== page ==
I'm Harry and these are my dumb adventures that you'll probably find boring. Why are you even here? You're probably lost.
In spring of 2013, Texas-based start up TrackingPoint Solutions released the first ever precision-guided firearm, which is essentially a long-range, laser-guided robo rifle. Call it the gun of tomorrow: The technology is so advanced we’ve heard it can have beginners killing at extreme distances with single-shot accuracy in mere minutes.
The PGF’s closed-loop system is based off jetfighter lock and launch technology, something TrackingPoint CEO Jason Schauble says not only marks the next great paradigm shift in the evolution of firearms—it helps users make ethical kill shots too. But critics of the PGF platform, no doubt part and parcel of a rising tide of intelligent killer apps, say the gun, or rather its proprietary scope, marks the dawn of “skill-free killing”.
In LONG SHOT Motherboard visits West Texas, the frontline of smart weapons. We get a backcountry crash course through the PGF, hear about TrackingPoint’s plans to apply its system to a veritable suite of advanced weaponry, all built on custom software that promises to have novice shots like us to killing at 1,000 yards—and in the near future, potentially 3,000 yards—with single-shot accuracy, and try to untangle an increasingly knotty firearms debate in light of the so-called gamification of killing and, sadly, yet another mass shooting.
Has killing become too easy?
The same sentiment was said about crossbows, knights initially refused to use them because they said it took the skill and therefore the honor out of killing. The same was said by the samurai when imperial soldiers adopted the firearm, they refused to use it because they said it was too easy to kill someone with. The same was said when the cartridge was invented, allowing soldiers to reload and shoot quicker without making their own ammunition and packing the gunpowder into their own weapon.
So it is said again at the dawn of a new weapon technology. Once a better way to kill a man is out there, no army is going to look back. Knowing this, which side of history do you want to be on? Actually, in this case, I wouldn’t take up either side because both accept the premise that men need to be shot, they only question the means of the shooting.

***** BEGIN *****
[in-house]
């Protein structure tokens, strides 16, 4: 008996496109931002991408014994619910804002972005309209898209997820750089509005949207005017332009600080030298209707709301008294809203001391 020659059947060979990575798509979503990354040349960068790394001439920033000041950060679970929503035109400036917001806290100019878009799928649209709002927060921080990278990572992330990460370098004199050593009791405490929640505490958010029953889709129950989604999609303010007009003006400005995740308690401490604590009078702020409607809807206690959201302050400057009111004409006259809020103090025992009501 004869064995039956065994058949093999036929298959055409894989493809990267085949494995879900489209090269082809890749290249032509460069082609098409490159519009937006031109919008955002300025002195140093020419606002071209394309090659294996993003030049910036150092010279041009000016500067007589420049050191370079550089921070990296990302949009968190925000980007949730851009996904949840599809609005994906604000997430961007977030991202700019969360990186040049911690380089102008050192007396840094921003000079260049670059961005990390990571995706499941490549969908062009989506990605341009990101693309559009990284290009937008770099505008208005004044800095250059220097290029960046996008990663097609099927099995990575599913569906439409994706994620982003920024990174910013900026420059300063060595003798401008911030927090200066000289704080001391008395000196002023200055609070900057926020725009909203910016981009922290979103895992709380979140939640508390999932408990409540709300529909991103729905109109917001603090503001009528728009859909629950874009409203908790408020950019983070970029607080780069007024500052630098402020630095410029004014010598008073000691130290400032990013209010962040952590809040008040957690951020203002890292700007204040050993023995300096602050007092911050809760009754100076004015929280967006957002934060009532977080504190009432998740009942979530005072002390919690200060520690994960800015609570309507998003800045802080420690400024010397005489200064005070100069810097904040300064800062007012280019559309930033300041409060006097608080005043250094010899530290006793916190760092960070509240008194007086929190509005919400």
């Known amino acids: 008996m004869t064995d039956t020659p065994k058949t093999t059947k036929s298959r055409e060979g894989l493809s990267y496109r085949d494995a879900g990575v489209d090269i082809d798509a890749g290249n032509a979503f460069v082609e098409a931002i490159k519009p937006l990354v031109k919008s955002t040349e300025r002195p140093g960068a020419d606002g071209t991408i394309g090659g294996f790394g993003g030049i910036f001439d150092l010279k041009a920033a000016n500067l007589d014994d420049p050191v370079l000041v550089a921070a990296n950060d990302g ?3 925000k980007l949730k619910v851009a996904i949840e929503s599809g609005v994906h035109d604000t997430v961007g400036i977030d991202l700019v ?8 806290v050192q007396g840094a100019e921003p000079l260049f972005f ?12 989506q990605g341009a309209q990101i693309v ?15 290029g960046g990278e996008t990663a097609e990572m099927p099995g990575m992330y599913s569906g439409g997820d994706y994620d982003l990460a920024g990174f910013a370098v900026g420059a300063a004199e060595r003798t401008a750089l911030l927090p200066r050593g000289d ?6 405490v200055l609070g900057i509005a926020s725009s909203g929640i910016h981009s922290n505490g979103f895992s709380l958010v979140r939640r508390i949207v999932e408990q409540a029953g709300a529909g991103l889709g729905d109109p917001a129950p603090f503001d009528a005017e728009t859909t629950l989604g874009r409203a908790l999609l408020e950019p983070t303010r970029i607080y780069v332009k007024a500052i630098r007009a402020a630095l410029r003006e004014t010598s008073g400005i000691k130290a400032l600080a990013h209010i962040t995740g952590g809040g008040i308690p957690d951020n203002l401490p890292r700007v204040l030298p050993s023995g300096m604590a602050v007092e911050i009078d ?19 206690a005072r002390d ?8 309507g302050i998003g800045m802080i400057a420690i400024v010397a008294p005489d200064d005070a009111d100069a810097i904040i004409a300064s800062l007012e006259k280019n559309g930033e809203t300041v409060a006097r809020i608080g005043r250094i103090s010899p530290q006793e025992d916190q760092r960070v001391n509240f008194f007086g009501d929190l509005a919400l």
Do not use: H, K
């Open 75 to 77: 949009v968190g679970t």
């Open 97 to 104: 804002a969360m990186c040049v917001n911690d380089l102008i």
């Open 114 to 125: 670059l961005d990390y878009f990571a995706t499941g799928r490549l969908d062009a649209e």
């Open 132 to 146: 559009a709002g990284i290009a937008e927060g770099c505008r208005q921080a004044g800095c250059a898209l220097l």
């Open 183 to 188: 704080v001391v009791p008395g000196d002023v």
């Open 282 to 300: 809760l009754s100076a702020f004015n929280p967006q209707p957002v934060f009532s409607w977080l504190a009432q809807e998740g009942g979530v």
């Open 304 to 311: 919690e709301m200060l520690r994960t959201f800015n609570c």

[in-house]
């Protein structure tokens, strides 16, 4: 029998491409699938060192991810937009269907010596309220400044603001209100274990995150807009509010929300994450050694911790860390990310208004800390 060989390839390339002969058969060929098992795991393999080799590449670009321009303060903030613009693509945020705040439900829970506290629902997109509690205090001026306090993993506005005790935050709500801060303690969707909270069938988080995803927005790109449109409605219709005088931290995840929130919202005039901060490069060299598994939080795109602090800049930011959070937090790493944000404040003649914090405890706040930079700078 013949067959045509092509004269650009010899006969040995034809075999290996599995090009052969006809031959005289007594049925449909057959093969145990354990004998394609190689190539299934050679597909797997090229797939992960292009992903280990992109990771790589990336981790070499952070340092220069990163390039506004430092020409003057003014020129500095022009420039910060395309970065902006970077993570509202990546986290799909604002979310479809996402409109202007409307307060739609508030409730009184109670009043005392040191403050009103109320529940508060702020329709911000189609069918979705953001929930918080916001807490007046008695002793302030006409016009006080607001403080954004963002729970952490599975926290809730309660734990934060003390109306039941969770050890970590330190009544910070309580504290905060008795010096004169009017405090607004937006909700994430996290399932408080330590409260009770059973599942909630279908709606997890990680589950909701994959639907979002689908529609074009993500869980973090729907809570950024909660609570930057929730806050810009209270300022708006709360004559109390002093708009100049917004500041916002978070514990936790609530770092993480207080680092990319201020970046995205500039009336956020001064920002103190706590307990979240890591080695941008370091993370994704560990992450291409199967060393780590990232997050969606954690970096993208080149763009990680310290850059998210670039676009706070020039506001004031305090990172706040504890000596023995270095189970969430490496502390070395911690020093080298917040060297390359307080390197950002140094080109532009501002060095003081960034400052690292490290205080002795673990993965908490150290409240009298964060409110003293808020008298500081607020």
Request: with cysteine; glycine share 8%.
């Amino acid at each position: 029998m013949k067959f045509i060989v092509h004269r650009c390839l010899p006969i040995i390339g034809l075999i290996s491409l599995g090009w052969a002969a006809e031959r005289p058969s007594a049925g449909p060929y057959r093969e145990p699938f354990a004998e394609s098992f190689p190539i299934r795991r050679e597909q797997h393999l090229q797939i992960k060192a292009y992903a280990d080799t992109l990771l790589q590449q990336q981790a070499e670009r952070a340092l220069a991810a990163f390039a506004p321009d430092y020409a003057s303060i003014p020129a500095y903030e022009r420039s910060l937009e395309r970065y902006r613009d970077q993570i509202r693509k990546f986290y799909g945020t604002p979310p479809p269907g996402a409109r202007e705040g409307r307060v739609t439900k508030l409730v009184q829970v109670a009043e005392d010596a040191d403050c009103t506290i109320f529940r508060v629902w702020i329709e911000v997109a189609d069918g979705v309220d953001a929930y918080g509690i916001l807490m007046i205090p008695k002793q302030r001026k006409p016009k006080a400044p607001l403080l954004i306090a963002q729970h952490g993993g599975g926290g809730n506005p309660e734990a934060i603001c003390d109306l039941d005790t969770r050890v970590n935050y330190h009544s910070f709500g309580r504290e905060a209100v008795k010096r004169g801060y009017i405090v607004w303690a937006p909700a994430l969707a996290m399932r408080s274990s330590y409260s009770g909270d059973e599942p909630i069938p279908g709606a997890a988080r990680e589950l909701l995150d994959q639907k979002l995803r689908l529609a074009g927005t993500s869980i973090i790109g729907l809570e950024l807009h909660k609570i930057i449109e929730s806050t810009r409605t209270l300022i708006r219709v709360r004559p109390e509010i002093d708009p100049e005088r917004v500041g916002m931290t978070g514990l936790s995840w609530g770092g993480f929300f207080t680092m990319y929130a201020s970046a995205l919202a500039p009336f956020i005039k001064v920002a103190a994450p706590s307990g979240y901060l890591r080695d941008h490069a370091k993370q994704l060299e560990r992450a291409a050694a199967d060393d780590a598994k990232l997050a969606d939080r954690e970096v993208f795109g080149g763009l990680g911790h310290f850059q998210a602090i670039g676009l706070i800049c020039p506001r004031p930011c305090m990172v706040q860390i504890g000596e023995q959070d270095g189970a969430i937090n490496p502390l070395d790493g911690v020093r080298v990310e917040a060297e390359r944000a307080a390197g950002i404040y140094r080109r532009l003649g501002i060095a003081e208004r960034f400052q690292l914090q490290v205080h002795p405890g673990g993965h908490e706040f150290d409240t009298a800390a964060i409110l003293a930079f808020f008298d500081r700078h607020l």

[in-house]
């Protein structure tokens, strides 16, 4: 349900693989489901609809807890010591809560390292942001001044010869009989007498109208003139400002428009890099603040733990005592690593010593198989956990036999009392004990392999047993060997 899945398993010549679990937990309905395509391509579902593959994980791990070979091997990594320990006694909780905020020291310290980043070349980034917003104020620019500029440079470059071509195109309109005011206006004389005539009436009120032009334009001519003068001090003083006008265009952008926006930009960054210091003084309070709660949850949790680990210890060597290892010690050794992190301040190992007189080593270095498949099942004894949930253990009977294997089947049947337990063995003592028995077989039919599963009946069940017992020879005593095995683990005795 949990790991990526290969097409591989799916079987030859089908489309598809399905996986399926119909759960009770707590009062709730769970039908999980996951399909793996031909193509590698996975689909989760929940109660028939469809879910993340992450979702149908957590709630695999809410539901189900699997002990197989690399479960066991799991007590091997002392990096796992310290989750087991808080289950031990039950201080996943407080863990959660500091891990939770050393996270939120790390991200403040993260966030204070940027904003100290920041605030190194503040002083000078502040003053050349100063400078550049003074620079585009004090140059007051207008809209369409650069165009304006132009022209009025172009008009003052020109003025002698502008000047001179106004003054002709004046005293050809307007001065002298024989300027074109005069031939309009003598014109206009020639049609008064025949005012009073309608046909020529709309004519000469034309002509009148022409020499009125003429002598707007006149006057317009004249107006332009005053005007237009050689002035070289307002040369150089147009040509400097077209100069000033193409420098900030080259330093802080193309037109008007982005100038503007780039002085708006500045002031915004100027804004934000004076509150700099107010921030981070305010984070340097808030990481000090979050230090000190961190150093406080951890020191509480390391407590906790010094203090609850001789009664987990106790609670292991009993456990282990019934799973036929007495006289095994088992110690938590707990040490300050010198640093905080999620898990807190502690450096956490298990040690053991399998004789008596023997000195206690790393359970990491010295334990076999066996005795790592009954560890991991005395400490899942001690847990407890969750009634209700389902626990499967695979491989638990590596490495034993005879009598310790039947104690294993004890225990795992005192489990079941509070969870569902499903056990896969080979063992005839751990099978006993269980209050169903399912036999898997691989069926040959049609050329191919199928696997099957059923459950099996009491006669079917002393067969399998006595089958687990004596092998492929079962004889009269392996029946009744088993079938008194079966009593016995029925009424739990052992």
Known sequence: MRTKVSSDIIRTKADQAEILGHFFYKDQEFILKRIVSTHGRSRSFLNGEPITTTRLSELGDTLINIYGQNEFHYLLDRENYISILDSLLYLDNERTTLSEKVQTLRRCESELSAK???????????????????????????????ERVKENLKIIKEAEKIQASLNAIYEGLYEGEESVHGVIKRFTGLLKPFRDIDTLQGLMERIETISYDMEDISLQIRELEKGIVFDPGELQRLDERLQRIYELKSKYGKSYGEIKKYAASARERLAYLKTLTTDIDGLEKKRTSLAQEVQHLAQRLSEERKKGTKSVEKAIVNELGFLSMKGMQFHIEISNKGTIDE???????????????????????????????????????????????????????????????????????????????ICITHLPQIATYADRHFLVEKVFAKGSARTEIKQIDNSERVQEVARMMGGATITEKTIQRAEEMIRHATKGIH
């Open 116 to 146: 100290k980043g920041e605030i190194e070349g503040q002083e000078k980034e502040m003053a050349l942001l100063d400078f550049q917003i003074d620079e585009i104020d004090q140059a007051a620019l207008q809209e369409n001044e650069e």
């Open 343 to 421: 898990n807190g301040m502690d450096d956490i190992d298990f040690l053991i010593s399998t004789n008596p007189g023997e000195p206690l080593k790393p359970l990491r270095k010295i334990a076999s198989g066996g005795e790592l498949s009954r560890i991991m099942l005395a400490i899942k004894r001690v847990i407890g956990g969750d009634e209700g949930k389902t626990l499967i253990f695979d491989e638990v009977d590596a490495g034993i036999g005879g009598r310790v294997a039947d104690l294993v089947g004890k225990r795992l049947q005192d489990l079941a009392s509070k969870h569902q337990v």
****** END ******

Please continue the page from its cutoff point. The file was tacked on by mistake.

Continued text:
Hi! just wanted to drop by and say just how much i enjoyed reading your post about making it to base camp of mt. everest... I want to travel as much as you do one day and your blog is really fascinating. Keep on being awesome!
Thanks, I think you’re probably the… 5th person to ever read it. I was re-reading it myself a little while ago for the first time since I wrote it and I found myself enjoying my own jokes, which is a bit like highfiving yourself. Anyone can travel like I have if you make it a priority in your life. At the moment, I only get to bring home about $200 per month after taxes and bills, but I’m working up to another trip, probably next year at this rate, to Iraq or Iran. I guess that’s the problem with traveling, it emboldens you a bit too much.
» Asked by rhyelee
These are some things I brought back from Nepal/Himalayas.
From left to right: A very old jade pendant, when held to the sun it looks like an eye. A moderately old jade mandala. It’s opaque green and pretty sturdy. The carvings aren’t as detailed, so I wear it around my neck most days. A thunderstone double dorje pendant. Thunderstone, or “sky iron”, is a very rare and mythic material. It’s a kind of iron alloy said to be from meteorites that have fallen in Tibet.
The last picture is a silver dorje phurba, a tri-bladed ceremonial dagger with a dragon’s head at the base. The blade represents fire from the dragon’s mouth. It’s used in archaic rituals to fight off evil spirits. This one is all silver and I traded it for another in Nepal that was much more special. The one I traded it for had a handle made from a solid piece of lapiz lazuli from Afghanistan. Lapiz, at one point, was more valuable than gold as it was valued so highly by Renaissance painters for its striking blue tones. It was ground into a powder and combined with oil to make blue paints.
God damn, I love Tokyo. When I first arrived in Tokyo, it seemed like Mordor. A vast, sprawling concrete slab completely devoid of non-human life. What I missed was in the details. There’s beauty and peace everywhere in this city. For a city of dozens of millions, the air is surprisingly clear and even though the population density can be up to 2 people per square meter, everyone is polite and they treat each other with dignity.
How do you get the opportunity to travel so much? And where do you get the money? I'd love to travel, but finances are an issue.
I took care of my debts at home and I travel for next to nothing. I constantly sacrifice comfort, safety, and alacrity for frugal traveling. I try to stay with friends or share rides. Many people host travelers because we have interesting stories and observations from around the world, so it’s not hard to find a place if you really look. Being outgoing and culturally observant also goes a long way when opening up new opportunities. Where would you like to go? I might have some tips for saving money.
» Asked by Anonymous